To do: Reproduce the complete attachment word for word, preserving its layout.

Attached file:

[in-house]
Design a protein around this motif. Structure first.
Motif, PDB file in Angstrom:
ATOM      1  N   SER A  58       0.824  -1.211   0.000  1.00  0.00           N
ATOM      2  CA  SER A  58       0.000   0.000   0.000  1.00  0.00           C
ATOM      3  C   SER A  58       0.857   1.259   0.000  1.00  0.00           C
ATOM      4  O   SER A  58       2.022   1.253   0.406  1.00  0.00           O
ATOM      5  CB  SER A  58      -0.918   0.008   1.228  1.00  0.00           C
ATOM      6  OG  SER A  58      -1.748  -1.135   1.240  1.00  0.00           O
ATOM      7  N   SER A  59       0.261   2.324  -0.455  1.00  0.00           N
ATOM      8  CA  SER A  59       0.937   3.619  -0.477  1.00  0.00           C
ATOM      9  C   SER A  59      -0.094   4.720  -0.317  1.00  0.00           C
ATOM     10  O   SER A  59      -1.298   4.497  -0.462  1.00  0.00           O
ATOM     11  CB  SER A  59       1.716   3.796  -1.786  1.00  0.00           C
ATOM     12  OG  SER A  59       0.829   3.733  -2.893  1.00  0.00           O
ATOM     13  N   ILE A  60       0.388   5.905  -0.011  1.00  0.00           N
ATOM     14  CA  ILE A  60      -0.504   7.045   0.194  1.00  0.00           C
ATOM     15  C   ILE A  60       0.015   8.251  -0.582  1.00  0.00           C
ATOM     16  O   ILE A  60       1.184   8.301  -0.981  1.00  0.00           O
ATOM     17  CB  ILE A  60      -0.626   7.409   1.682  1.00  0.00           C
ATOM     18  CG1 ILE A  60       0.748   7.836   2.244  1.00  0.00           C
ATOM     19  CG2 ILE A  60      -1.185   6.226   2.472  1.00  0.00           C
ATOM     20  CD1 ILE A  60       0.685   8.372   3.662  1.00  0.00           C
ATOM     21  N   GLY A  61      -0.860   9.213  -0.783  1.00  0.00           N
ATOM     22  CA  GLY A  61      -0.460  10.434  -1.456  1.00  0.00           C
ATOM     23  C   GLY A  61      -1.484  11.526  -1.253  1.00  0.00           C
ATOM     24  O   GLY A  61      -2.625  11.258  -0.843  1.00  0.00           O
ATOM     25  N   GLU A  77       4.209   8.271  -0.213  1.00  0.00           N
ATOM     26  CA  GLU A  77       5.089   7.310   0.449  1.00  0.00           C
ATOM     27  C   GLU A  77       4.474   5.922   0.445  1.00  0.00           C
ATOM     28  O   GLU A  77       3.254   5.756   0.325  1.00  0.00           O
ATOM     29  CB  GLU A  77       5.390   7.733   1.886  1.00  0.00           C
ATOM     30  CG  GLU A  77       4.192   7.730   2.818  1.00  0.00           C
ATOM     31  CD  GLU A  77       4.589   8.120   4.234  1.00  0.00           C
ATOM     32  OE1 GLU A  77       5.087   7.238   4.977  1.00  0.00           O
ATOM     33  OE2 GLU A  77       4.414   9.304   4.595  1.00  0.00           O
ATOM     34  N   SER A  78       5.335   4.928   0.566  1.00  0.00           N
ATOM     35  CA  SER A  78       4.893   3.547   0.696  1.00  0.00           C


[in-house]
Design a protein around this motif. Structure first.
Motif, PDB file in Angstrom:
ATOM      1  N   SER A  58       0.824  -1.211   0.000  1.00  0.00           N
ATOM      2  CA  SER A  58       0.000   0.000   0.000  1.00  0.00           C
ATOM      3  C   SER A  58       0.857   1.259   0.000  1.00  0.00           C
ATOM      4  O   SER A  58       2.022   1.253   0.406  1.00  0.00           O
ATOM      5  CB  SER A  58      -0.918   0.008   1.228  1.00  0.00           C
ATOM      6  OG  SER A  58      -1.748  -1.135   1.240  1.00  0.00           O
ATOM      7  N   SER A  59       0.261   2.324  -0.455  1.00  0.00           N
ATOM      8  CA  SER A  59       0.937   3.619  -0.477  1.00  0.00           C
ATOM      9  C   SER A  59      -0.094   4.720  -0.317  1.00  0.00           C
ATOM     10  O   SER A  59      -1.298   4.497  -0.462  1.00  0.00           O
ATOM     11  CB  SER A  59       1.716   3.796  -1.786  1.00  0.00           C
ATOM     12  OG  SER A  59       0.829   3.733  -2.893  1.00  0.00           O
ATOM     13  N   ILE A  60       0.388   5.905  -0.011  1.00  0.00           N
ATOM     14  CA  ILE A  60      -0.504   7.045   0.194  1.00  0.00           C
ATOM     15  C   ILE A  60       0.015   8.251  -0.582  1.00  0.00           C
ATOM     16  O   ILE A  60       1.184   8.301  -0.981  1.00  0.00           O
ATOM     17  CB  ILE A  60      -0.626   7.409   1.682  1.00  0.00           C
ATOM     18  CG1 ILE A  60       0.748   7.836   2.244  1.00  0.00           C
ATOM     19  CG2 ILE A  60      -1.185   6.226   2.472  1.00  0.00           C
ATOM     20  CD1 ILE A  60       0.685   8.372   3.662  1.00  0.00           C
ATOM     21  N   GLY A  61      -0.860   9.213  -0.783  1.00  0.00           N
ATOM     22  CA  GLY A  61      -0.460  10.434  -1.456  1.00  0.00           C
ATOM     23  C   GLY A  61      -1.484  11.526  -1.253  1.00  0.00           C
ATOM     24  O   GLY A  61      -2.625  11.258  -0.843  1.00  0.00           O
ATOM     25  N   GLU A  77       4.209   8.271  -0.213  1.00  0.00           N
ATOM     26  CA  GLU A  77       5.089   7.310   0.449  1.00  0.00           C
ATOM     27  C   GLU A  77       4.474   5.922   0.445  1.00  0.00           C
ATOM     28  O   GLU A  77       3.254   5.756   0.325  1.00  0.00           O
ATOM     29  CB  GLU A  77       5.390   7.733   1.886  1.00  0.00           C
ATOM     30  CG  GLU A  77       4.192   7.730   2.818  1.00  0.00           C
ATOM     31  CD  GLU A  77       4.589   8.120   4.234  1.00  0.00           C
ATOM     32  OE1 GLU A  77       5.087   7.238   4.977  1.00  0.00           O
ATOM     33  OE2 GLU A  77       4.414   9.304   4.595  1.00  0.00           O
ATOM     34  N   SER A  78       5.335   4.928   0.566  1.00  0.00           N
ATOM     35  CA  SER A  78       4.893   3.547   0.696  1.00  0.00           C